The huge rain storms that passed through the valley yesterday dumped 2″ on the orchard at Zoe’s. David says something like half of the remaining apricots fell in the storm, mostly the very ripe ones. So we’re not getting 10 lbs of apricots in every share this week as hoped… but we’re still getting 6-7 lbs each. They are mostly not quite ripe, which means they’re still totally edible, just a little tart. And that the bulk of them will keep for a week or so.
David tried to estimate what he would charge at the market for the shares again this week. I’ll keep asking him for these numbers to help you see the value. It is a little dicey — size varies, and weighing all the veg would take too long. For example, the patty pan squash sells for $2/lb wholesale, David listed it as $1 in the box, but some of them are pushing 2 lbs in size. Grains of salt.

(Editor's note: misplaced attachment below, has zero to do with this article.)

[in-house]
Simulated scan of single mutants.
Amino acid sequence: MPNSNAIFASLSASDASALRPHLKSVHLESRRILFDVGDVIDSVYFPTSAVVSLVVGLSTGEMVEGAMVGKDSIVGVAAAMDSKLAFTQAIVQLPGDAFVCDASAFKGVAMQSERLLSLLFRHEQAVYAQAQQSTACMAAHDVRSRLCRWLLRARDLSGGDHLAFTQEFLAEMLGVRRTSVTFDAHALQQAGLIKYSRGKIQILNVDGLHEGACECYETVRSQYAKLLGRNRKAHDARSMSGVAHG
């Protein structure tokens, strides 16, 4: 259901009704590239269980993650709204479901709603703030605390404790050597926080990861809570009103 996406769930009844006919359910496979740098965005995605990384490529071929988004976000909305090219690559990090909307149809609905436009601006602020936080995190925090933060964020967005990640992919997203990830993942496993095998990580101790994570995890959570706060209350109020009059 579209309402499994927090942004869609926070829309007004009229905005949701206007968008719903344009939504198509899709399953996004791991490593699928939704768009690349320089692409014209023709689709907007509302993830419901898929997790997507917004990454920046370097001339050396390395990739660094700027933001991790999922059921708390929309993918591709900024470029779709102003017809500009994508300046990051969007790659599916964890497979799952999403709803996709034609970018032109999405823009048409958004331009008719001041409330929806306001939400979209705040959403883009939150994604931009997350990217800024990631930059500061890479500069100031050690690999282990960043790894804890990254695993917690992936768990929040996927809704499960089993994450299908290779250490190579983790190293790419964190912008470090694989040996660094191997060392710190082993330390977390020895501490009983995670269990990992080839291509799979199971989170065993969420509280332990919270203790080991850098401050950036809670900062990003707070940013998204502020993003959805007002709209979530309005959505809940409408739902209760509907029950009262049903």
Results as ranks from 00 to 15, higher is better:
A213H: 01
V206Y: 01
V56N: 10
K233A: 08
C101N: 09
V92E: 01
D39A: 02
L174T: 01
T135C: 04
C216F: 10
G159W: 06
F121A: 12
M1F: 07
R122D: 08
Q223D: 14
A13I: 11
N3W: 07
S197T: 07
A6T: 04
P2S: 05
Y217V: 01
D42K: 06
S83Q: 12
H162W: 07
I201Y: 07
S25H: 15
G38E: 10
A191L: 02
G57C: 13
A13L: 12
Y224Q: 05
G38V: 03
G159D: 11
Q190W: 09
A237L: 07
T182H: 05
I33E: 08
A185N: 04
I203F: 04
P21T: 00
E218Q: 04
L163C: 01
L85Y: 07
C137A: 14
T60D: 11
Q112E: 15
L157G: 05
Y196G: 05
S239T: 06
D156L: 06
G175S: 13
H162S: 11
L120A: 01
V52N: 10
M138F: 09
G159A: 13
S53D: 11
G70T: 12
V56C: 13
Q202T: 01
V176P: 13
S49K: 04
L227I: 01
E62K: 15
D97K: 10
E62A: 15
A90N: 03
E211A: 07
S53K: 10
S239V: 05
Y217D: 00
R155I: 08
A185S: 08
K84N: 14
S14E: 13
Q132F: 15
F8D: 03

Pattypan squash – $1
Zephyr squash – $1
Zucchini – $1
Fava beans – $3
Carrots – $2
Radishes – $1
Apricots – $18
White pattypan squash – $1
Spinach – $4
Beets – $3
Green beans – $4
Garlic – $1
Wild garden kale
Flying saucer squash
(extra) pattypan squash
LARGE (the microgreens alone put this at $120)
Chinese green beans
Micro green basil
Micro purple basil
|Apricots, fava beans, radishes, spinach
beets, carrots, garlic
|White pattypan, Pattypan, green beans, zephyr, zucchini|
|Kale, straightneck, flying saucer, lettuce, golden zucchini|
|Kohlrabi, leeks, berries, Chinese green beans|
|Microgreen mix, pea shoots, cherries, basil microgreens|
It looks like a Martian from a Heinlein novel, but the name literally means “cabbage turnip”. It is a variant of cabbage, and can be eaten raw or cooked. Treat it largely like a thin skinned broccoli stem and you’ll do well. They should keep several days wrapped loosely in plastic in the crisper, though the leafy arms will get a little limp. Peel the body and slice it into salads, munch on it with cheese and crackers, pair it with summer squash in a simple sautee, or dice it into a curry. Apparently, the leaves and bulb together form one of the most commonly eaten dishes in Kashmir.
Another small helping of fava’s this week. Try boiling them in salted water and then topping a salad with them.
Summer squash — I stuffed several this past week. They make a great boat for carrying a saute of their innards with garlic, ground beef, some cooked millet / rice / couscous, and herbs / greens.